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Driver Hits Grizzly on Busy Anchorage Street

 
 
OmSigDAVID
 
  0  
Reply Sat 23 Aug, 2008 01:56 pm
@Seed,
Well, it depends on how feasible the healing is.
About 60 years ago, I had a dog whose leg had been broken,
but after a long time, his unsuccessful veterinarian convinced us
that nothing woud work. He was euthanized. (the dog, not the veterinarian)

I believe that death is a fake; only the body can die,
not its inhabitant. I like how Deepak Chopra, M.D. put it:
that altho people believe that we are human beings with occasional spiritual experiences,
we are actually spiritual beings with occasional human experiences.




David
0 Replies
 
High Seas
 
  1  
Reply Sat 23 Aug, 2008 03:44 pm
@gungasnake,
CJ - of course killing them is the last resort, but in this case the only other alternative was getting the bear to a vet to set his broken leg, then keeping bear in cast until bone healed. Letting the poor animal suffer was obviously unthinkable, so you see the police did the humane thing..
0 Replies
 
Reyn
 
  2  
Reply Sat 23 Aug, 2008 08:31 pm
@edgarblythe,
Good story, Edgar. It must have been quite a sight for the driver!

Around here, it appears that we've had more black bears coming into populated areas and becoming quite aggressive. Some are relocated, and some have to be shot.
edgarblythe
 
  1  
Reply Sat 23 Aug, 2008 09:12 pm
@Reyn,
For the bear, also.
0 Replies
 
gungasnake
 
  1  
Reply Sun 24 Aug, 2008 07:26 am
@cjhsa,
Fred bear made several attempts to take polar bears with a 70-lb recurve bow and was saved by rifle backup on all occasions other than the last. IF you try it, make sure it's a modern compound bow and not a recurve, and use one of the larger Aftershock mechanical broadheads:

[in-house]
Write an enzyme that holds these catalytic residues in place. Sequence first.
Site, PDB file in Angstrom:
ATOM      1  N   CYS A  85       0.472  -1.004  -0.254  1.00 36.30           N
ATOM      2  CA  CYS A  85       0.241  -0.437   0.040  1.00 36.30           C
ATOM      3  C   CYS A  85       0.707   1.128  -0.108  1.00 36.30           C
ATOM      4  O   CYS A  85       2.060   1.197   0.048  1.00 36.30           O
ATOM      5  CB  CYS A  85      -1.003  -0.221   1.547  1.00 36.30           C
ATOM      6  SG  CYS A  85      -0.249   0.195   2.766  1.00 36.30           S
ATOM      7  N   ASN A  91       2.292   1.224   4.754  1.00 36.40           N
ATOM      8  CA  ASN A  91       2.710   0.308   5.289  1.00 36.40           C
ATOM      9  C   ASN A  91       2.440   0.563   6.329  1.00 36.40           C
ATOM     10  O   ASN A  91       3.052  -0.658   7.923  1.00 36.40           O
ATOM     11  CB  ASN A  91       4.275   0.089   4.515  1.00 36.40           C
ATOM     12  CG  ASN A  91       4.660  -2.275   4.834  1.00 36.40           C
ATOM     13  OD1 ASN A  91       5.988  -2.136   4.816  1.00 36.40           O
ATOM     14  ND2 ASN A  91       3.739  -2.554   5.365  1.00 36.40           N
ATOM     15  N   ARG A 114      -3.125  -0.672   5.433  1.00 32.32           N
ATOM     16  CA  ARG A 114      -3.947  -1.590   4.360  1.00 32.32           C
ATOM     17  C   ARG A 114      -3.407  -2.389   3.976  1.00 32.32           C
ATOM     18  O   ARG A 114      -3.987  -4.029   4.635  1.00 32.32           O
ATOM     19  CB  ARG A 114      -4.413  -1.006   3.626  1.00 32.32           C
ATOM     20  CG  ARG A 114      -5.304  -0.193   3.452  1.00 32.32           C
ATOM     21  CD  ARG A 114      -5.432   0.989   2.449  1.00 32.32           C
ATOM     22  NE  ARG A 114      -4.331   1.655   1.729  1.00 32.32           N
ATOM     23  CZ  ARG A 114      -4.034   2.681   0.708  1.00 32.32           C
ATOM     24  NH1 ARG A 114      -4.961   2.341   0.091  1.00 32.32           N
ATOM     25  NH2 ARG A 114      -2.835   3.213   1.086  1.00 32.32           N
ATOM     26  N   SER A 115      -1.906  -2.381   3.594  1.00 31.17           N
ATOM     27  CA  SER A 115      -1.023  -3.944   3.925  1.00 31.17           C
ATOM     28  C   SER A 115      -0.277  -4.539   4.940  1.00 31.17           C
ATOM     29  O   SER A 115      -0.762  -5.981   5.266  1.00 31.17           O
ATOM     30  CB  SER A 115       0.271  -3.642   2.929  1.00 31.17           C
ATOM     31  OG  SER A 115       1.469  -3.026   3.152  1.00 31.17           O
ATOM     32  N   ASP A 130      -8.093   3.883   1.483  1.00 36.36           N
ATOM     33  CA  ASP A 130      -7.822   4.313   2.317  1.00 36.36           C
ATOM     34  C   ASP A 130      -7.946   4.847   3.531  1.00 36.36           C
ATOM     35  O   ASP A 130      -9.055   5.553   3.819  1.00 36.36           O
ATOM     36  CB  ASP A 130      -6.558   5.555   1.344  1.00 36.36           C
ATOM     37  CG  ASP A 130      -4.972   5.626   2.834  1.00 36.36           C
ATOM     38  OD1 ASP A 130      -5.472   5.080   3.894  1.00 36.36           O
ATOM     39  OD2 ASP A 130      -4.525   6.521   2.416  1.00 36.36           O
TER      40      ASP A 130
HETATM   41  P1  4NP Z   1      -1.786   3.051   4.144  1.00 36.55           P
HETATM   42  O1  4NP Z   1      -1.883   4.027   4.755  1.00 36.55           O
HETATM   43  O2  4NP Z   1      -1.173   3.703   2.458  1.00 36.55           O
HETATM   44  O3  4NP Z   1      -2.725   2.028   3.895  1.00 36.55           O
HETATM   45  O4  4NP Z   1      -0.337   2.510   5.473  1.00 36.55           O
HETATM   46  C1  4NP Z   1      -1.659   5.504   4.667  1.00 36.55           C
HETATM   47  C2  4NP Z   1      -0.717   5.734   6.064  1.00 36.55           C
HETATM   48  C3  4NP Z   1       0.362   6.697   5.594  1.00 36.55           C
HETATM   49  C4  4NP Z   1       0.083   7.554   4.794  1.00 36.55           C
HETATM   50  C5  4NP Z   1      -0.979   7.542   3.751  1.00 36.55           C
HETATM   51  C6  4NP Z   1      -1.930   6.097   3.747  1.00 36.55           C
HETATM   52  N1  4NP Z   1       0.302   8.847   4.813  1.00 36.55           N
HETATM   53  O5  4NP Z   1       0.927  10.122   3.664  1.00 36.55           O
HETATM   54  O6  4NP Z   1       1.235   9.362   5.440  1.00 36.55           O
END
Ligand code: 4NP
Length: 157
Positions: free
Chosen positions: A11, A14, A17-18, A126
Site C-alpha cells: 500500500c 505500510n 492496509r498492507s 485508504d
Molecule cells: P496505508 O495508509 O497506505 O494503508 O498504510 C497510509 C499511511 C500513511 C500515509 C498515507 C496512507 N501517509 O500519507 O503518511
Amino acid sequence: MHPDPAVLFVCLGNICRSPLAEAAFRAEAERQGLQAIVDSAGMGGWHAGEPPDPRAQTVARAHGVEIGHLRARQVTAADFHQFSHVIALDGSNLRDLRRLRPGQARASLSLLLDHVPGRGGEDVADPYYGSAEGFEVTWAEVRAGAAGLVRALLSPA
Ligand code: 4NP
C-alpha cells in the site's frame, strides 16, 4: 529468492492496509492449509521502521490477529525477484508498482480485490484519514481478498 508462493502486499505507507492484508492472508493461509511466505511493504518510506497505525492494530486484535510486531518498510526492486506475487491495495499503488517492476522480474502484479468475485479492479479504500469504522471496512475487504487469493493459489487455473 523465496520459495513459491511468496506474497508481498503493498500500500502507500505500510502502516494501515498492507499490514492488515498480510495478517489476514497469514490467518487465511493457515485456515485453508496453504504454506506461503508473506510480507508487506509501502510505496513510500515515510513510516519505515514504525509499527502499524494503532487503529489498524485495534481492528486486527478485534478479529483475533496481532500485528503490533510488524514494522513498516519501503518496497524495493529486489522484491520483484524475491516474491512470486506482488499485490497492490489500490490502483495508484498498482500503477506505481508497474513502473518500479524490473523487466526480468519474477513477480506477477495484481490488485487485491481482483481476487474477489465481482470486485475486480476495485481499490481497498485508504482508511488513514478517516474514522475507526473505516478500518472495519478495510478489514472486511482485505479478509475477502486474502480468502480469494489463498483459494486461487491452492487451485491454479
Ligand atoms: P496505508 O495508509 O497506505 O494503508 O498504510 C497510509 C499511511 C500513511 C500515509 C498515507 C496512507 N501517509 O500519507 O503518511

http://www.aftershockarchery.com/images/icon_antiwedge.jpg

The main difference between recurve and compound bows is that the compound bow inverts the normal action of the bow. With a 70-lb longbow or recurve, the 70-lbs is at full draw; difficult to hold for more than a second or two and the 70 lbs is basically just breaking the arrows inertia, after which there is no more than 35 - 45 lbs acting on the arrow. With a 70-lb compound bow the 70 lbs is at mid draw and then the thing breaks back to about 15 lbs or thereabouts; the 15 lbs breaks the arrows inertia and then, when the arrow is already moving, the 70 lbs acts on it.

In other words, a 70-lb compound bow behaves like an older bow with 70 lbs at mid draw, which would be a much heavier bow. At any poundage, the compound bow hits with a great deal more authority than a longbow or recurve would.

Even with a compound bow however I'd figure 70 lbs to be minimal for bears and would feel better about it with 80.
0 Replies
 
 

 
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